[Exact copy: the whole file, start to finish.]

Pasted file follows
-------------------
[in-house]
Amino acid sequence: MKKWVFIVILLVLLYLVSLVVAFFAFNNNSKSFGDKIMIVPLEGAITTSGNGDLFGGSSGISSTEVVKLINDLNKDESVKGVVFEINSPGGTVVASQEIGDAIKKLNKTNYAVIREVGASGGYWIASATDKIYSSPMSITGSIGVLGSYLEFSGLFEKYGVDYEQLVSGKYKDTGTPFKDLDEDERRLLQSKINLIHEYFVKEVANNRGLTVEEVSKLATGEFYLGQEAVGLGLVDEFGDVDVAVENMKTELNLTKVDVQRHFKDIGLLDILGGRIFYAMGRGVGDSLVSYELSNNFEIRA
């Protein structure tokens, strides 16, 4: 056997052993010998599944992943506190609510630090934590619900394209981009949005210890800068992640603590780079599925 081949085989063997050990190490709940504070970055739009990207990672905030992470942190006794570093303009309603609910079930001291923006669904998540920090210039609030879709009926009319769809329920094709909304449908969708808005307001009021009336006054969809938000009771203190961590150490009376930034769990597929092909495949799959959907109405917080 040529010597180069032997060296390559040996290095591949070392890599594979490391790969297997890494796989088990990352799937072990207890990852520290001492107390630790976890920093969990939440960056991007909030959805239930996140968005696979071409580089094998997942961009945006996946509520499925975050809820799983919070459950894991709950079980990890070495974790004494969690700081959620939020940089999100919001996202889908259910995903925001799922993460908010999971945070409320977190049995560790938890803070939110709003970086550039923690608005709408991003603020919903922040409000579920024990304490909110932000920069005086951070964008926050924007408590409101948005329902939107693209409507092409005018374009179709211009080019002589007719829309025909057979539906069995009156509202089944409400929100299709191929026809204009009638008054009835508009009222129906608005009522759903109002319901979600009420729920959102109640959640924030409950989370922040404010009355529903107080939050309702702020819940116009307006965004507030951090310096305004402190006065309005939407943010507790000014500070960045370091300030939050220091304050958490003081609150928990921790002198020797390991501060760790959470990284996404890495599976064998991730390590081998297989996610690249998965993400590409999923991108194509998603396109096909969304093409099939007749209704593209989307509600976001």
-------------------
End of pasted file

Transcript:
[in-house]
Amino acid sequence: MKKWVFIVILLVLLYLVSLVVAFFAFNNNSKSFGDKIMIVPLEGAITTSGNGDLFGGSSGISSTEVVKLINDLNKDESVKGVVFEINSPGGTVVASQEIGDAIKKLNKTNYAVIREVGASGGYWIASATDKIYSSPMSITGSIGVLGSYLEFSGLFEKYGVDYEQLVSGKYKDTGTPFKDLDEDERRLLQSKINLIHEYFVKEVANNRGLTVEEVSKLATGEFYLGQEAVGLGLVDEFGDVDVAVENMKTELNLTKVDVQRHFKDIGLLDILGGRIFYAMGRGVGDSLVSYELSNNFEIRA
């Protein structure tokens, strides 16, 4: 056997052993010998599944992943506190609510630090934590619900394209981009949005210890800068992640603590780079599925 081949085989063997050990190490709940504070970055739009990207990672905030992470942190006794570093303009309603609910079930001291923006669904998540920090210039609030879709009926009319769809329920094709909304449908969708808005307001009021009336006054969809938000009771203190961590150490009376930034769990597929092909495949799959959907109405917080 040529010597180069032997060296390559040996290095591949070392890599594979490391790969297997890494796989088990990352799937072990207890990852520290001492107390630790976890920093969990939440960056991007909030959805239930996140968005696979071409580089094998997942961009945006996946509520499925975050809820799983919070459950894991709950079980990890070495974790004494969690700081959620939020940089999100919001996202889908259910995903925001799922993460908010999971945070409320977190049995560790938890803070939110709003970086550039923690608005709408991003603020919903922040409000579920024990304490909110932000920069005086951070964008926050924007408590409101948005329902939107693209409507092409005018374009179709211009080019002589007719829309025909057979539906069995009156509202089944409400929100299709191929026809204009009638008054009835508009009222129906608005009522759903109002319901979600009420729920959102109640959640924030409950989370922040404010009355529903107080939050309702702020819940116009307006965004507030951090310096305004402190006065309005939407943010507790000014500070960045370091300030939050220091304050958490003081609150928990921790002198020797390991501060760790959470990284996404890495599976064998991730390590081998297989996610690249998965993400590409999923991108194509998603396109096909969304093409099939007749209704593209989307509600976001």